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In March, a California appeals court overturned the murder conviction of a man based upon the trial judge's jury instructions. A seasoned Santa Cruz criminal defense attorney knows that misleading jury instructions in a criminal case can deny a defendant the right to a fair trial.

The First District Court of Appeal overturned the murder conviction of a San Francisco man, concluding the definition of the lesser offense of manslaughter at trial may have misled the jury. The California Supreme Court will now weigh the matter. The high court recently agreed to review the appellate court ruling.

Prosecutors had claimed the man stabbed a 28-year-old woman to death in front of her children in October, 2000. The man was charged with murder and the case went to trial before a jury in 2008. The man argued to the jury the allegations could only support a charge of voluntary manslaughter. A conviction for voluntary manslaughter would have only exposed the accused to a sentence of three to eleven years. The man ultimately was convicted of murder and sentenced to 16 years to life in prison.

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The Supreme Court agreed to hear the appeal of an East Coast nightclub owner. The man was accused of trafficking cocaine. Law enforcement agents covertly attached a GPS tracking device to the man's Jeep without first obtaining a search warrant. Law enforcement eventually seized nearly 100 kilograms of cocaine through information learned from the GPS device. A federal appeals court reversed the man's conviction, saying the extended use of the GPS tracking device during the investigation was a "search" deserving some protection under the Fourth Amendment.

A separate case, here on the West Coast, turned the other way on appeal. Police in Oregon entered a man's property and attached a GPS device to the man's vehicle. Law enforcement reportedly tracked the man to a remote property through the GPS unit and discovered a marijuana cultivation site.

The 9th Circuit U.S. Court of Appeals in San Francisco ruled the use of the GPS device was not a search and upheld the marijuana cultivation conviction. The U.S. Supreme Court did not take any action regarding the West Coast case.

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California's three strikes law has been around since 1994. Since the law was passed, no inmate serving a 25 year to life three strikes sentence has received parole through a California Board of Parole hearing, until this week. Wednesday the Board of Parole Hearings granted parole to a 48-year-old man who was sentenced in 2007 to 68 years in prison under the California three strikes law after a conviction for a home invasion robbery.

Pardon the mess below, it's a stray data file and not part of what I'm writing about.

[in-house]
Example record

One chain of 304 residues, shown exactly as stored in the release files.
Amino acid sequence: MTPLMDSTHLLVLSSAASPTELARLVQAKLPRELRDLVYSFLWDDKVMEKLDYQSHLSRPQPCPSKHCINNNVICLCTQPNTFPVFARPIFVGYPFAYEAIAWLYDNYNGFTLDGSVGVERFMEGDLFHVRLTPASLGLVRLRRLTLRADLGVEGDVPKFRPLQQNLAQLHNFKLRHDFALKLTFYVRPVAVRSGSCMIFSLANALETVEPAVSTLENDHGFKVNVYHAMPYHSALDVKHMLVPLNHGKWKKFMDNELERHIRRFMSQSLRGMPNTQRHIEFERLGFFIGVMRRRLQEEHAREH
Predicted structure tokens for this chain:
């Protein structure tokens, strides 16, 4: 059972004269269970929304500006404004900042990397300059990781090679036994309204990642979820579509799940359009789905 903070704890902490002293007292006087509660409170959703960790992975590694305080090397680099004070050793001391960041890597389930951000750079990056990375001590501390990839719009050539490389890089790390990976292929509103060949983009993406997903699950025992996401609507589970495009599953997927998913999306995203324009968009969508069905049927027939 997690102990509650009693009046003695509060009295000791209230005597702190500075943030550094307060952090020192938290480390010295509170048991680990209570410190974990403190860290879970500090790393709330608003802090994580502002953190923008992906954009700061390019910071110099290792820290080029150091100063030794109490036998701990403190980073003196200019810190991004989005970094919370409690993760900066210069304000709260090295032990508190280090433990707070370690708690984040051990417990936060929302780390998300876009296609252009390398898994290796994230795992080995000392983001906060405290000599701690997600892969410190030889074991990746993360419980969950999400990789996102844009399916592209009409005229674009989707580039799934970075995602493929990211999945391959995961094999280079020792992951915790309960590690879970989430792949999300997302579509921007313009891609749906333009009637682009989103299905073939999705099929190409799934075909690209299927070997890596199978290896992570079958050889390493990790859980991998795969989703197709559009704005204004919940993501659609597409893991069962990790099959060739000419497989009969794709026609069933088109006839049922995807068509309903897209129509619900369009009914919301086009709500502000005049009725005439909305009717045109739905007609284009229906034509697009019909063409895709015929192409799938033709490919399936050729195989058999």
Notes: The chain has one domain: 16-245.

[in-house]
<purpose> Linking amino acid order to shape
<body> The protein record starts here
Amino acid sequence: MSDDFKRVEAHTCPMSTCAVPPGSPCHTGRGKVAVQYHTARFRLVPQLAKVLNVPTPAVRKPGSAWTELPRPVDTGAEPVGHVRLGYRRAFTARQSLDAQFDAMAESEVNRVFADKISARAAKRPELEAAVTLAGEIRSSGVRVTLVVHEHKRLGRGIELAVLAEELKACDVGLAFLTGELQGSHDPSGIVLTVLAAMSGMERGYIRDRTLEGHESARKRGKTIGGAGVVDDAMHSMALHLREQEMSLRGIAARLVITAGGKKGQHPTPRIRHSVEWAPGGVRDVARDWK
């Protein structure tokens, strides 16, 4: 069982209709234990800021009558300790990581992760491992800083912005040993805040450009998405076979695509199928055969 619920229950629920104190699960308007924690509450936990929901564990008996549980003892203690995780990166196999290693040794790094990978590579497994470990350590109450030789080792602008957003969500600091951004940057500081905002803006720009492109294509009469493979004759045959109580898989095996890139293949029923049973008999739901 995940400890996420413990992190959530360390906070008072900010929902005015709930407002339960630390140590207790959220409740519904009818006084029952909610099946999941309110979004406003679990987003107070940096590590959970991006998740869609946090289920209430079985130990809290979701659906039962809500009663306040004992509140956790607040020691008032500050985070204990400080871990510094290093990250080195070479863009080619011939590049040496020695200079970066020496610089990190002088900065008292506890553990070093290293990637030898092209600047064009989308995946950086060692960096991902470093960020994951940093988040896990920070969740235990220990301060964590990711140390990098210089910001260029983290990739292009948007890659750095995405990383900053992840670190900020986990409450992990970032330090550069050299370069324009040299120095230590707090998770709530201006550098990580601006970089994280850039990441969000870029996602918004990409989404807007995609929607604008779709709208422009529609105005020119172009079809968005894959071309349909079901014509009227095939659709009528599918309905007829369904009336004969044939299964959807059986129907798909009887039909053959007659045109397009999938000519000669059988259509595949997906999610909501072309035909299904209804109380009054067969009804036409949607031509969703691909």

The parole board approved the release of the inmate under a new California law aimed at reducing prison costs. The law allows the board to consider medical parole for inmates who are so ill that the state considers the inmates are no longer a threat to the community.

Prison officials reportedly refused to discuss to specific details about the man's health. The man is in a long term care facility. Guarding the inmate at the facility reportedly costs $750,000 a year; medical costs to cover his care are an additional expense the state seeks to save through the medical parole.

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On Friday morning a Florida police officer believed a car was parked in an unusual spot. Police claim the officer approached the vehicle and asked the five people in the car what they were up to. The officer says the five people gave conflicting stories. She says she believes one of the occupants of the car was involved in some king of drug related activities. The officer called for backup and a K-9 handler to have the dog conduct a sniff search of the vehicle. The dog reportedly alerted during the sniff search.

As it turns out, one of the occupants in the car had an outstanding warrant from California. The 25-year-old is believed to have violated parole in California. Moreover, law enforcement in Los Angeles claims the man is wanted in a relation to charges in a number of alleged California burglaries.

Los Angeles police believe the man may be implicated in potentially hundreds of burglaries in Southern California. Police say the man, along with others would knock on the front door of residences during the daytime. If no one responded from inside the residence, police say the group would break into the home and take items, including jewelry, money and guns they found inside.

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The U.S. Court of Appeals for the Ninth Circuit overturned the murder conviction of a California woman Monday. The federal appellate court held that the woman was denied the right to a fair trial. California state courts and one federal judge previously had upheld the conviction.

The matter began with allegations in October 1993. Police claim the woman was driving a car in Long Beach on an October afternoon casing stores with friends, intending to return later that night and commit a California robbery.

The woman reportedly drove into a liquor store parking lot. Police allege two of the woman's friends got out of the car and entered the liquor store. Law enforcement claims the two came out of the store, when one went back in, robbed the store and shot the proprietor, killing him. The woman reportedly waited in the car during the alleged incident.

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